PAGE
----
Beware comparisons..

When I saw this report at the weekend I had my doubts about its veracity. But there are direct quotes and it seems to be genuine. Although, the story is probably more revealing than was intended.

Looking closely it seems the curator of an exhibition at the Victoria and Albert Museum, Trisha Ziff, submitted a provisional list of invitees to the official opening of the exhibition of the Argentine-born Ernesto Guevara de la Serna – Che Guevara: Revolutionary and Icon. Included on that list was the Sinn Féin president Gerry Adams. But whoever had to approve the list apparently decided that it would be “neither relevant or appropriate” to send an official invitation to the SF leader.. the report on iol.ie notes that it was suggested that the curator could invite him as her personal guest.

But Gerry Adams’s response is, as I said, probably more revealing than intended:

“I think its[the V&A] stance is especially absurd given that this particular exhibition is about an iconic revolutionary figure, with family connections to Ireland, who fought against injustice and oppression both in Cuba and in South America.”

BTW, the family connection, apparently, was his great-great-grandfather, who was born in 1715 and left Ireland sometime after that firstly for Spain, then Argentina.

The V&A Museum’s statement of purpose is worth pointing to:

The purpose of the Victoria and Albert Museum is to enable everyone to enjoy its collections and explore the cultures that created them; and to inspire those who shape contemporary design.

But threaded through the reported comments by Adams there appears to be an attempt to draw a comparison between Che Guevara and himself, as in this part of the report:

Mr Adams, who has consistently denied allegations that he is a member of the IRA’s army council, said one possible reason for the Museum’s decision was that it was OK to struggle against injustice, but not against British injustice.

“On the basis of the current ’reason’ offered by the Victoria & Albert Museum, of refusing to invite politicians, it would appear that if Che was still alive he would be barred from his own exhibition. The British Establishment works in wondrous ways.”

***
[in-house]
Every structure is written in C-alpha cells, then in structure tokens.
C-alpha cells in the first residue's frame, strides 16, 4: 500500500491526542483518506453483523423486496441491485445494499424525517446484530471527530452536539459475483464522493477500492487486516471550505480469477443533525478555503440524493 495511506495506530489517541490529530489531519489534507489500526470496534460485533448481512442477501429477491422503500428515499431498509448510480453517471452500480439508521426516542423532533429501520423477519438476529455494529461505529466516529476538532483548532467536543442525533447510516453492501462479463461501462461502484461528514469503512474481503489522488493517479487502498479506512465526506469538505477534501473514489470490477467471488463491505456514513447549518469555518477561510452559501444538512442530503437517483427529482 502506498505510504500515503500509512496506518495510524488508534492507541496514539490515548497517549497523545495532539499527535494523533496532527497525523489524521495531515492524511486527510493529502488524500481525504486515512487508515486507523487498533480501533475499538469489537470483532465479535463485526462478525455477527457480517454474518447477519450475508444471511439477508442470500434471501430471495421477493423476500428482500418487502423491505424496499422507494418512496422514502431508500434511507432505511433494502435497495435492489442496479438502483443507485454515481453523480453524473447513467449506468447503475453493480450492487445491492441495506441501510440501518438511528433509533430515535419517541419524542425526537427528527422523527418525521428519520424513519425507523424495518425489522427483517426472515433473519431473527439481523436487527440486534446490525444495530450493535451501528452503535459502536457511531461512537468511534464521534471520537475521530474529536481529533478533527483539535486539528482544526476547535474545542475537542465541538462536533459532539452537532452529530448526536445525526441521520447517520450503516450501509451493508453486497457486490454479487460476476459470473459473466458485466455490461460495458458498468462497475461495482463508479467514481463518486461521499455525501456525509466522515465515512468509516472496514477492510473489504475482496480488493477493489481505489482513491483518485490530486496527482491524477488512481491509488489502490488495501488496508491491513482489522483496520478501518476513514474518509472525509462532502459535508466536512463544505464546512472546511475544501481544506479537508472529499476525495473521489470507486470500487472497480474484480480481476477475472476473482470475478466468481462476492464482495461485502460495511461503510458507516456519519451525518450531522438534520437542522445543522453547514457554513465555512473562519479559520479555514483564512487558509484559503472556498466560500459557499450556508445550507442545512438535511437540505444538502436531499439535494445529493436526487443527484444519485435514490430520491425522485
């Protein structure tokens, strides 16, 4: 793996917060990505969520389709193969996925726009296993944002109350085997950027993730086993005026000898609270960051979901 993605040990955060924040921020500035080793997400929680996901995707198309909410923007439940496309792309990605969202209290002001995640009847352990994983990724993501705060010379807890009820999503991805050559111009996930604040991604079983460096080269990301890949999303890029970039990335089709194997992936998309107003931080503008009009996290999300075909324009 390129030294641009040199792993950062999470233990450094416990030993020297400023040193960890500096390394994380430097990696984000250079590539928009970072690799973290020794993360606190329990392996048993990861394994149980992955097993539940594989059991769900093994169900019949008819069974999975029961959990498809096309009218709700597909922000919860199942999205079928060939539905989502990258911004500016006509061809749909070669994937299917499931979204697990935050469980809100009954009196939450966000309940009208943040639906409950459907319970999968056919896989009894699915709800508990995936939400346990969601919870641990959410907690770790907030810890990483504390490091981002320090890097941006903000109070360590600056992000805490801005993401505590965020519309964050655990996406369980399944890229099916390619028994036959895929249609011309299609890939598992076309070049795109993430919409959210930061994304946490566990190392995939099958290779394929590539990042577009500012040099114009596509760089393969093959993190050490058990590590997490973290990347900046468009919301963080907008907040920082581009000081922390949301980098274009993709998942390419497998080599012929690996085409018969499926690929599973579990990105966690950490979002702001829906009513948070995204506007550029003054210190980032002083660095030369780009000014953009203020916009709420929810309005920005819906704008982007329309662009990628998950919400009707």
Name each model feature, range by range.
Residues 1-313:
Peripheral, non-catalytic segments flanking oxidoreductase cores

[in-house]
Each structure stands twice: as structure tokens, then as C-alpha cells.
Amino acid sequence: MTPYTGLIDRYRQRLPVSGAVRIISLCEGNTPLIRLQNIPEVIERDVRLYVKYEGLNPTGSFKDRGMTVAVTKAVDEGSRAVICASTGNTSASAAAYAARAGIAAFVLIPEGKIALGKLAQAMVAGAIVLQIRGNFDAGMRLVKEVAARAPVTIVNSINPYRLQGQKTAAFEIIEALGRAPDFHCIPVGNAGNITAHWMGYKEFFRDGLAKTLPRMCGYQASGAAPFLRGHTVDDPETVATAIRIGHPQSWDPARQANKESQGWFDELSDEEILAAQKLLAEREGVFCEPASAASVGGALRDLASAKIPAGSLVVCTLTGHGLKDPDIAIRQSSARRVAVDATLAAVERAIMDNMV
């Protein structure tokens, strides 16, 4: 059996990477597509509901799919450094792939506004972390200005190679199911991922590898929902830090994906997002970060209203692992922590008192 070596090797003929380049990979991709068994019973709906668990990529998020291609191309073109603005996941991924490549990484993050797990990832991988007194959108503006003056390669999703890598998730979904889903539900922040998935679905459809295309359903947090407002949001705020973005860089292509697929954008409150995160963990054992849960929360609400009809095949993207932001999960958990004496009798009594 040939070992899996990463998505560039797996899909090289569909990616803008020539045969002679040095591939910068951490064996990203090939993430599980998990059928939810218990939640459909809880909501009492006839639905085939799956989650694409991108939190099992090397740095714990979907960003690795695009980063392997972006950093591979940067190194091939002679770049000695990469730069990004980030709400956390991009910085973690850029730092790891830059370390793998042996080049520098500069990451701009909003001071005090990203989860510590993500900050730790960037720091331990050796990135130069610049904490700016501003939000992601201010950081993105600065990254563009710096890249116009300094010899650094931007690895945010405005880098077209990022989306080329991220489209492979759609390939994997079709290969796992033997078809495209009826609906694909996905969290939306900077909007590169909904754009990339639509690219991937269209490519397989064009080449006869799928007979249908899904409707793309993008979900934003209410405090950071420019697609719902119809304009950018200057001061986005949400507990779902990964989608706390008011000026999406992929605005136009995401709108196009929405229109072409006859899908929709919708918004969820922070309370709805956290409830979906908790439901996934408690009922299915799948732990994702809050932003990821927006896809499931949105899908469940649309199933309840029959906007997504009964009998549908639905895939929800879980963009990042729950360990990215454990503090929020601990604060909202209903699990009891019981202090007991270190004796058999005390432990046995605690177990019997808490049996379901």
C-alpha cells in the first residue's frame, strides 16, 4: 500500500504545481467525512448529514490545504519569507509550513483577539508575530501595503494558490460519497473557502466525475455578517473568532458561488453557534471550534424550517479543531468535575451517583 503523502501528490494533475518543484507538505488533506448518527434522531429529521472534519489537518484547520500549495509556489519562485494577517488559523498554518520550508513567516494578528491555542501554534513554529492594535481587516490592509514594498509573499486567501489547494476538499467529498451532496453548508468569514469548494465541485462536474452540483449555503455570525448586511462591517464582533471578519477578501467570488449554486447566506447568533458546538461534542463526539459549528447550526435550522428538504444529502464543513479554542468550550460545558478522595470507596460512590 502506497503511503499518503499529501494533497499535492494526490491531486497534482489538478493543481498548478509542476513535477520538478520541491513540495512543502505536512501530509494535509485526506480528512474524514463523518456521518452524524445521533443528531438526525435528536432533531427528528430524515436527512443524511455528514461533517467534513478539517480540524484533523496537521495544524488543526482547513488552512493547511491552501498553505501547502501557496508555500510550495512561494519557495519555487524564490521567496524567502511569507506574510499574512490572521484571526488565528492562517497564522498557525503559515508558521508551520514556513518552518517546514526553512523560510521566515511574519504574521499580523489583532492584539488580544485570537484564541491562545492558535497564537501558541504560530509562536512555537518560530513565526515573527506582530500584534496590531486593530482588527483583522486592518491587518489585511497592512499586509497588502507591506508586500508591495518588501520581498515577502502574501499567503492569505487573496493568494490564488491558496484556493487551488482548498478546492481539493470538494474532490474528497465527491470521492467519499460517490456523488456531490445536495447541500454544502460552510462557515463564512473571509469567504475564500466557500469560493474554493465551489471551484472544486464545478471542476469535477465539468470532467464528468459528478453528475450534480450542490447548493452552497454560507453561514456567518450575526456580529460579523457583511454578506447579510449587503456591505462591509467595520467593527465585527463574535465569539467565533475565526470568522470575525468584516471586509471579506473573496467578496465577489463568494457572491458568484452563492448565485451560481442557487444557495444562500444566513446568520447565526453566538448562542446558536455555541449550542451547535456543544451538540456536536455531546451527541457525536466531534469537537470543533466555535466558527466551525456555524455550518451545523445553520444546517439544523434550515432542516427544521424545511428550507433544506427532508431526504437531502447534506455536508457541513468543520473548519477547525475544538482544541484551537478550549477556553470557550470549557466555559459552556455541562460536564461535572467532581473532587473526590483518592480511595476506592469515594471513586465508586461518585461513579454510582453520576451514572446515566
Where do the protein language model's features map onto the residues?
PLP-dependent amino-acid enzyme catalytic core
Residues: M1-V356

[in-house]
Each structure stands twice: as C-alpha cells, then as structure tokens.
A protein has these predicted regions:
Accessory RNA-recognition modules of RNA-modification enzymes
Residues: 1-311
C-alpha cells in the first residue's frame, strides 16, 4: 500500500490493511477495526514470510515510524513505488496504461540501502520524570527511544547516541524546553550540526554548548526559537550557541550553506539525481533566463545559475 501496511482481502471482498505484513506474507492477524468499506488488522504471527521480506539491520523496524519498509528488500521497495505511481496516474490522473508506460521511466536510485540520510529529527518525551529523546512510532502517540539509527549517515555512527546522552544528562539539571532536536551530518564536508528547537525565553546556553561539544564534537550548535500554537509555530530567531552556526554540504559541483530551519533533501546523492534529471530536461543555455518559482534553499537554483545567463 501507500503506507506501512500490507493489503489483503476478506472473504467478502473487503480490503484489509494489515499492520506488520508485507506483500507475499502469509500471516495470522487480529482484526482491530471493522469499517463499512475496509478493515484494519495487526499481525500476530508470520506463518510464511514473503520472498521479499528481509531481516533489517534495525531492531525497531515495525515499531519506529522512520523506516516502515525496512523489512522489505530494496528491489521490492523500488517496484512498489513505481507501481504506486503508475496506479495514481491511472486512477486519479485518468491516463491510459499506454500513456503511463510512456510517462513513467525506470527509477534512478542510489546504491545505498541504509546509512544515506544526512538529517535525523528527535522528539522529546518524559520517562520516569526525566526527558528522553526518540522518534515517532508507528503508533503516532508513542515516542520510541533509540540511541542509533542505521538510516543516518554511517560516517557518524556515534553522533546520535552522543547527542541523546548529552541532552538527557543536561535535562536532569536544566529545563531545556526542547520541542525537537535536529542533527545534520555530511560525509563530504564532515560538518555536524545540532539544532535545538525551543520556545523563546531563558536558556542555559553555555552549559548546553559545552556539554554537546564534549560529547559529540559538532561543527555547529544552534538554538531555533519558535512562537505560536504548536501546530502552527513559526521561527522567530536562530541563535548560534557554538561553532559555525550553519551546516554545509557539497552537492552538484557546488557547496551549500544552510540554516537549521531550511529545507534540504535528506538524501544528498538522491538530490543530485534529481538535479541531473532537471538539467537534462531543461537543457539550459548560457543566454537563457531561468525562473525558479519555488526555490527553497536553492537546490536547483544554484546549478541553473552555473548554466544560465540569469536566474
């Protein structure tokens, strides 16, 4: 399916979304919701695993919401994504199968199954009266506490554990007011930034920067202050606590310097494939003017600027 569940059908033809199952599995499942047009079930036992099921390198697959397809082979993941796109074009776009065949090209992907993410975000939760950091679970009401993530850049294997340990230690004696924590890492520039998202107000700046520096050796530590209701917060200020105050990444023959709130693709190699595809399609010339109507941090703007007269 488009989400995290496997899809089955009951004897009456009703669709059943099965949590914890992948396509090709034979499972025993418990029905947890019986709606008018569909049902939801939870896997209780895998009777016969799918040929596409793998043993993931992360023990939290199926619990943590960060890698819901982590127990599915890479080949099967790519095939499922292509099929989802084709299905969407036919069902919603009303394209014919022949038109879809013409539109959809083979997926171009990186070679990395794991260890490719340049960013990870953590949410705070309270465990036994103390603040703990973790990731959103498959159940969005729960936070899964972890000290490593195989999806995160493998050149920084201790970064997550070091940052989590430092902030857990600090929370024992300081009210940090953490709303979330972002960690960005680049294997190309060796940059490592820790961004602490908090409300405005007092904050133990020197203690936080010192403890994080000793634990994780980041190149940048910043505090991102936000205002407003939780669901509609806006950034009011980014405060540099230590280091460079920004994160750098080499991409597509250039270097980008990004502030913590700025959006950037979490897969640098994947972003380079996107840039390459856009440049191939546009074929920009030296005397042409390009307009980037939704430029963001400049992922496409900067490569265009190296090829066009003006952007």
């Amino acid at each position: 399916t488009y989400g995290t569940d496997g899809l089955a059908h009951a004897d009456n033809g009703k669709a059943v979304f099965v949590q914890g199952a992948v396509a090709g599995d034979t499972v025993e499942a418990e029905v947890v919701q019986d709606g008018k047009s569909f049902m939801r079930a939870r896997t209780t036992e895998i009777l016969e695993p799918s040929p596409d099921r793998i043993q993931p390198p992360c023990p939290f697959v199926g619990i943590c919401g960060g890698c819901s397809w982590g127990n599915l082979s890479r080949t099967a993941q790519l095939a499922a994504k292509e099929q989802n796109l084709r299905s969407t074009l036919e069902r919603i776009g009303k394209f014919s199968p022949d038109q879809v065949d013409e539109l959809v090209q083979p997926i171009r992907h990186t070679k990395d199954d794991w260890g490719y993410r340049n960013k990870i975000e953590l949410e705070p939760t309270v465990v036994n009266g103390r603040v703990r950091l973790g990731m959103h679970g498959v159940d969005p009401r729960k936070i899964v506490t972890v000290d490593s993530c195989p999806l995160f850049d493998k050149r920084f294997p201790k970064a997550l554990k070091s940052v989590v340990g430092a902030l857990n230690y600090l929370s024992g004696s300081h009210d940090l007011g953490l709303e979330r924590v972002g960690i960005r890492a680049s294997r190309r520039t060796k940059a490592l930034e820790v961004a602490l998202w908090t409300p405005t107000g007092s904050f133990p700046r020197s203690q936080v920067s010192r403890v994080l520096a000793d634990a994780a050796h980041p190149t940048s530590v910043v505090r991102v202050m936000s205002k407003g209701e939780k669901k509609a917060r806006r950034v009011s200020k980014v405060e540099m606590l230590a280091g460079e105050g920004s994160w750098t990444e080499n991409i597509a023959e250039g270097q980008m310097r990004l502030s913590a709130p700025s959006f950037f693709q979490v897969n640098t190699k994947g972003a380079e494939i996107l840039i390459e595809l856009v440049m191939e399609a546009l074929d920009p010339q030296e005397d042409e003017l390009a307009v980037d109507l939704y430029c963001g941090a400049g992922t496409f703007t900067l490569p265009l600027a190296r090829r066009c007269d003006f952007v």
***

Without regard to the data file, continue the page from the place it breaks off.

Also interesting are the final lines of the report which reveals:

However, even if the invite had been issued, Mr Adams would have been unable to attend. He is due to travel to Spain next month to meet Basque political parties in the wake of the ETA ceasefire.

Well, I suppose that if Ernesto Guevara de la Serna could attempt to export his tactics to the Congo and to Bolivia..

However, critics of the Cult of Che might suggest it isn’t a comparison that should be encouraged, even if it does play well to certain audiences.

But, even if you were an adherent to the myth, what sort of an ego would you need to encourage that comparison yourself?

  • Glensman

    There is no ‘apparently’ in regard to Ernesto’s Irish links, his family are Lynch from the West of Ireland… Just to clear it up.

  • Rory

    Indeed. The family name was Guevara-Lynch. Gerry Adams can console himself (and indeed might be secretly pleased) with the knowledge that the living Fidel Castro is unlikely to be invited to New York’s MoMA to view, say, a retro of Diego-Garcia murals, or a collection of Frida Kahlo’s work.

    Incidentally, I see that as Bank Holiday afternoon entertainment today Ch4 are showing ‘Bridge on the River Kwai’ while ITV1 are screening ‘Zulu’. Could these be antidotes to the horrifying news that Ken Loach’s film ‘The Wind That Shakes the Barley’, a hymn to the IRA, has scooped the Palme d’Or at the Cannes film festival? Surely not?

  • Ringo

    Glensman – spot on.

    Although I understood it was a Grandmother of his that was one of the Lynch’s of Galway. The links between Galway and Spain are well documented, and if I am not mistaken, it was the murder of the son of a Spanish Merchant that resulted in the coining of the term ‘to Lynch’.

  • joeCanuck

    There are various explanations for the term “lynching”.
    Here is one:
    The word “lynching” is recorded in English since 1835, as a verb derived from the earlier expression Lynch law (1811). The source for the concept of Lynch law is William Lynch, the author of “Lynch’s Law”, an agreement with the Virginia Legislature on September 22, 1782, which allowed Lynch to pursue and punish criminals in Pittsylvania County, without due processs of law. This was because legal proceeedings were in practical terms impossible in the area due to the lack of adequate provision of courts. Originally only corporal punishment was used, usually whipping. Colonel Charles Lynch, a Virginia magistrate and officer on the revolutionary side during the American Revolutionary War, continued William’s practice, trying and convicting petty criminals and pro- British ‘Tories’ in his district c.1782. Like William, Charles Lynch never executed anyone.